Decided: June 5, 1951.
ELWYN J. RODEE, PLAINTIFF,
EDMUND LEE, BUILDING INSPECTOR OF THE TOWNSHIP OF PARSIPPANY-TROY HILLS, A MUNICIPAL CORPORATION, AND THE BOARD OF ADJUSTMENT OF THE TOWNSHIP OF PARSIPPANY-TROY HILLS, DEFENDANTS
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This action commenced as a procedure in lieu of prerogative writ to compel Edmund Lee, building inspector of the Township of Parsippany-Troy Hills, to issue building permits to the plaintiff, owner of property in the township. A motion for summary judgment for the plaintiff was denied without prejudice to the plaintiff taking an appeal to the board of adjustment of the Township of Parsippany-Troy Hills. An appeal was taken and was denied on the ground that the lot sizes did not comply with the provisions of the zoning ordinance and that no exceptional hardship was shown. When plaintiff filed his applications for building permits with the building inspector, the zoning ordinance permitted building upon 50-foot lots. Subsequent to the applications for building permits and prior to the decision of the board of adjustment, the zoning ordinance was amended to provide for a minimum frontage of 100 feet.
The case was pretried and the issues narrowed down to three. The first question is whether or not the zoning
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ordinance, as it existed on September 5, 1950, when the applications for the permits were filed, or whether the zoning ordinance as subsequently amended, is controlling. The law as it exists at the time of the decision in the instant proceeding is controlling. Concord Garden Apartments v. Board of Adjustment , 1 N.J. Super. 301 (App. Div. 1949).
The second legal question is whether or not the approval of the township committee of the subdivision map is an approval of the lot layouts as shown on that map or approval only as to street layouts. Assuming that the plaintiff by the filing of the map in the appropriate office in Morris County after approval thereof by the township committee vested the rights in him as to the lot sizes thereon shown, nevertheless the fact remains that such rights, if any, are held by him subordinate to a valid use of the police power. Collins v. Board of Adjustment , 3 N.J. 200 (1949).
The remaining question is whether or not the refusal of the board of adjustment to grant a variance from the terms of the zoning ordinance as amended created unnecessary hardship which would warrant relief from the strict enforcement of the zoning ordinance.
The building applications cover 11 lots, two of which are isolated lots, each having a frontage of 51.66 feet. Four of the lots are contiguous and have a combined frontage of 206.64 feet. The other five are also contiguous and have a combined frontage of 258.30 feet. As to the four lots having 206.64 feet frontage, the owner can, if he sees fit to do so, divide that property so as to get two building lots, each of which will have the minimum frontage required by the amendment of the zoning ordinance and the same holds true of the five lots having a combined frontage of 258.30 feet. Nine of the lots involved can be utilized even though it may be less profitable to the owner to build four houses on the combined frontages than to have built nine, which he could have done had the zoning ordinance not been amended. The testimony before the board of adjustment falls far short of establishing a case of hardship which would warrant relief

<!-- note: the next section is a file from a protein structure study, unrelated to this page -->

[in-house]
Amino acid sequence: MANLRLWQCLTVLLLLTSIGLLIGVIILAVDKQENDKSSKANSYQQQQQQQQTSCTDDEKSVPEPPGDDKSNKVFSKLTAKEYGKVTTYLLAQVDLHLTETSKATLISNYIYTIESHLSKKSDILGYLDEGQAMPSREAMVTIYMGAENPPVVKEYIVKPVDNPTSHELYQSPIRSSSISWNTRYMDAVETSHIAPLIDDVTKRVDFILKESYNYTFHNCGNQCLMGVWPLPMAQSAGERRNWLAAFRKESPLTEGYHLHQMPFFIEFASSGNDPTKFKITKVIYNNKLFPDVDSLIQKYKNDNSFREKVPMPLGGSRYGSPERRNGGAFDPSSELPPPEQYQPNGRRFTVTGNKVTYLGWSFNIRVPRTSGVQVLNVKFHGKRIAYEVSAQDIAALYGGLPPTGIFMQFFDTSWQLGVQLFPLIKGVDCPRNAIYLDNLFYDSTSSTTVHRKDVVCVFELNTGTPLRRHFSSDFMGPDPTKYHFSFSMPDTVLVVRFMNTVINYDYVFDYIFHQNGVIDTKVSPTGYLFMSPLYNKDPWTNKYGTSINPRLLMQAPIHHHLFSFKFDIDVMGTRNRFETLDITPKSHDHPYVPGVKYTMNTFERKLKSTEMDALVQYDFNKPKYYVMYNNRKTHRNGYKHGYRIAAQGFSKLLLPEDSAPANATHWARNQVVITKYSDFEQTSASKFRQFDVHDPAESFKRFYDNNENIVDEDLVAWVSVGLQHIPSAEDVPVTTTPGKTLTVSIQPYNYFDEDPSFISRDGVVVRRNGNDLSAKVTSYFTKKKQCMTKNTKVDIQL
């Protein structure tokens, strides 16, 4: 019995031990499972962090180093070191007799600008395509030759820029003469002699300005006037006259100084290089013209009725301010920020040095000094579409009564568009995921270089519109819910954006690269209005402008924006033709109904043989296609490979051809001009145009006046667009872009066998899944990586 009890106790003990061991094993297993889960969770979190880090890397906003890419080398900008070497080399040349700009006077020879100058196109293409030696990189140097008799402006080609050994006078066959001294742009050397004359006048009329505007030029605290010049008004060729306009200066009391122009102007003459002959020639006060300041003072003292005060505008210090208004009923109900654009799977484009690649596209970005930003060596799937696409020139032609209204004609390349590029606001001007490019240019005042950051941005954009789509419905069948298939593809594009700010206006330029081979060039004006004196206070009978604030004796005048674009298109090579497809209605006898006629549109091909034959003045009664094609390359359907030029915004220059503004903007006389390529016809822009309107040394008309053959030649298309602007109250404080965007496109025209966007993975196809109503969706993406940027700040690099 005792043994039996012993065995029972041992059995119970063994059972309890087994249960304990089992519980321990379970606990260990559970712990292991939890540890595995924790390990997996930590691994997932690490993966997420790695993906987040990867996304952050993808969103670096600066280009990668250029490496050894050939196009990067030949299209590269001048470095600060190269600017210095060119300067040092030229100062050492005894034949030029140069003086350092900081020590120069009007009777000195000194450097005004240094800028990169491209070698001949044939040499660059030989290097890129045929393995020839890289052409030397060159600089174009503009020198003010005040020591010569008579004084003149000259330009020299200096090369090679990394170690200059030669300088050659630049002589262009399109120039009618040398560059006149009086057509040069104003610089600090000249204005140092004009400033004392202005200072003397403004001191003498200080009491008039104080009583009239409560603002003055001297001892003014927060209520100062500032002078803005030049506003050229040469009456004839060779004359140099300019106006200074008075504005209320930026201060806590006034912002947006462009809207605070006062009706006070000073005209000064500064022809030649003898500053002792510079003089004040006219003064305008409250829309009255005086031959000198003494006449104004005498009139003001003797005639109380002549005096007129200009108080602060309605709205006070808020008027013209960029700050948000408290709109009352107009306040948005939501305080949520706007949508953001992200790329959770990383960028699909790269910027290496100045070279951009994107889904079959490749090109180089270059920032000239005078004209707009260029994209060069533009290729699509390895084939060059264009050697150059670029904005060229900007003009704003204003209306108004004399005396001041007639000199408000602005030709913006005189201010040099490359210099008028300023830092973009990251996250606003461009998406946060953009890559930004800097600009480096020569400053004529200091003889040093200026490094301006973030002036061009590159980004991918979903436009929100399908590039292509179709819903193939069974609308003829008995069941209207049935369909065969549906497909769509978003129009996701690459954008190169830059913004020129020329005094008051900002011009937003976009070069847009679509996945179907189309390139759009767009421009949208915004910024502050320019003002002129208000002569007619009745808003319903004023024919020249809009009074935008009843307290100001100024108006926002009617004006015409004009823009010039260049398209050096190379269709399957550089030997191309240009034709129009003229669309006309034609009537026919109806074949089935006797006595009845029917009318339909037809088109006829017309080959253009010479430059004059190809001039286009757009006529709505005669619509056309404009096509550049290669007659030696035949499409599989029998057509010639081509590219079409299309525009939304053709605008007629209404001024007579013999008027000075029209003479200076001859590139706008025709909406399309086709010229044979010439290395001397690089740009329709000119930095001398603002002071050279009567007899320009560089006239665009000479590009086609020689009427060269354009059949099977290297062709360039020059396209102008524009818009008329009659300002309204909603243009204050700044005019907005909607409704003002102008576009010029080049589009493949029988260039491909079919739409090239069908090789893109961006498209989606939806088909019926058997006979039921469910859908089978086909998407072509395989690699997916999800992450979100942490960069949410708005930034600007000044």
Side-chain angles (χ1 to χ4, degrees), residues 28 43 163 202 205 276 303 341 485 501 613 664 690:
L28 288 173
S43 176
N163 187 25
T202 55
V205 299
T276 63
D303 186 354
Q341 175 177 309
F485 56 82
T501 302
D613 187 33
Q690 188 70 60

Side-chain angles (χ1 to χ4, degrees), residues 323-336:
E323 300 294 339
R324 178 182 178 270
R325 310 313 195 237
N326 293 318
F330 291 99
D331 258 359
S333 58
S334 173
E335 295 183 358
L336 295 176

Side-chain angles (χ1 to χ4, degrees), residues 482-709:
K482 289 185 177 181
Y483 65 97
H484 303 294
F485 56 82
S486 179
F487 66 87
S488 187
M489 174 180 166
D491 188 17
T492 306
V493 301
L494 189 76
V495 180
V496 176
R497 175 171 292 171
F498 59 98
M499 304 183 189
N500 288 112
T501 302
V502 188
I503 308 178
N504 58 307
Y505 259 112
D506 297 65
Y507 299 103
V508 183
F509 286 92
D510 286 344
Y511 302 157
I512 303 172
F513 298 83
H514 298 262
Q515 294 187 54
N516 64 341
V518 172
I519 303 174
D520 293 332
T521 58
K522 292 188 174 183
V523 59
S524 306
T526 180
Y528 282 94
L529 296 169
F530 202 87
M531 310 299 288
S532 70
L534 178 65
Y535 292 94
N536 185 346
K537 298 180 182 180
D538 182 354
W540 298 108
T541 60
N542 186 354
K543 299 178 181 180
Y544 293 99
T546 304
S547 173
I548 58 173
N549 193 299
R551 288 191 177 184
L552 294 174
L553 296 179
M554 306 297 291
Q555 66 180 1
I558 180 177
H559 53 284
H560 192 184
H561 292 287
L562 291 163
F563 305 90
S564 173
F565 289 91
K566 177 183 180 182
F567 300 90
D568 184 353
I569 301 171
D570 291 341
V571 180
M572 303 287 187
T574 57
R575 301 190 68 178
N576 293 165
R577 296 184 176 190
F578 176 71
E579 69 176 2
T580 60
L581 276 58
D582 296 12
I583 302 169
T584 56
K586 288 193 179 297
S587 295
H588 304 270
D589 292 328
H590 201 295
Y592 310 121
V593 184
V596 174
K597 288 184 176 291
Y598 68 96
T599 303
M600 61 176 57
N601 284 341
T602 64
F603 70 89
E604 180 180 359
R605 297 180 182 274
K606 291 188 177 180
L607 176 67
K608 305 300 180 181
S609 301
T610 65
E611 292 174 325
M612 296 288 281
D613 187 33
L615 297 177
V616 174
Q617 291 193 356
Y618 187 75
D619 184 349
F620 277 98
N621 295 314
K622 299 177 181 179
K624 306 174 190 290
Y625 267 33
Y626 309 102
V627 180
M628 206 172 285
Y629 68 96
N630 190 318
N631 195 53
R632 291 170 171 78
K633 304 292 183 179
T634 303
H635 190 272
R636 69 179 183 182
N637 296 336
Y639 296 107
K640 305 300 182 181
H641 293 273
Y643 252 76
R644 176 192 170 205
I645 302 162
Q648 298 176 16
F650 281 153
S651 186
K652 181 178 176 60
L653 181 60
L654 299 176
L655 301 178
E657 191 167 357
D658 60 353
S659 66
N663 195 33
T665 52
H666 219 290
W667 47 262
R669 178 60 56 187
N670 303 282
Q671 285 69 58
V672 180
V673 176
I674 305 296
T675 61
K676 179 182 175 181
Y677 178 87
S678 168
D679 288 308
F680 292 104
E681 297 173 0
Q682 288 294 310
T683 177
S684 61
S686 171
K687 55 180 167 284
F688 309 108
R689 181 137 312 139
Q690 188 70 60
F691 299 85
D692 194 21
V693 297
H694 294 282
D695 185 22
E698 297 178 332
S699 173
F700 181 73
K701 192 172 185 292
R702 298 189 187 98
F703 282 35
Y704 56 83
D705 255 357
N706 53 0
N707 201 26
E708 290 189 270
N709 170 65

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to the plaintiff as to all of the lots. There was no evidence as to the financial loss which would result to the owner from subdividing the five-lot tract and the four-lot tract to conform to the amended zoning ordinance. As to these nine lots, the action of the board of adjustment is affirmed.
As to the isolated lots having a frontage of 51.66 feet, the situation is different. They are in a residential zone and if they are not used for that purpose, their value is destroyed. To render these two lots incapable of use for any purpose is an exceptional hardship. It is suggested that because there are other isolated lots having the same frontage, the hardship is not peculiar to plaintiff and that it being a general condition, relief should not be granted. This contention, in my judgment, has no appeal to reason. It is small solace to the plaintiff that others may be in the same predicament in which he finds himself. He is entitled to relief and judgment will be entered reversing the denial of a variance so far as lots 4 and 6 in Block A-35 are concerned.
The board of adjustment saw fit to view the property but the minutes of the meeting do not disclose what that inspection disclosed. An inspection may not legally be made a basis for a determination in the absence of a full disclosure on the records of facts relied upon by the board's findings resulting from the inspection. Giordano v. City Commission of Newark , 2 N.J. 585 (1949).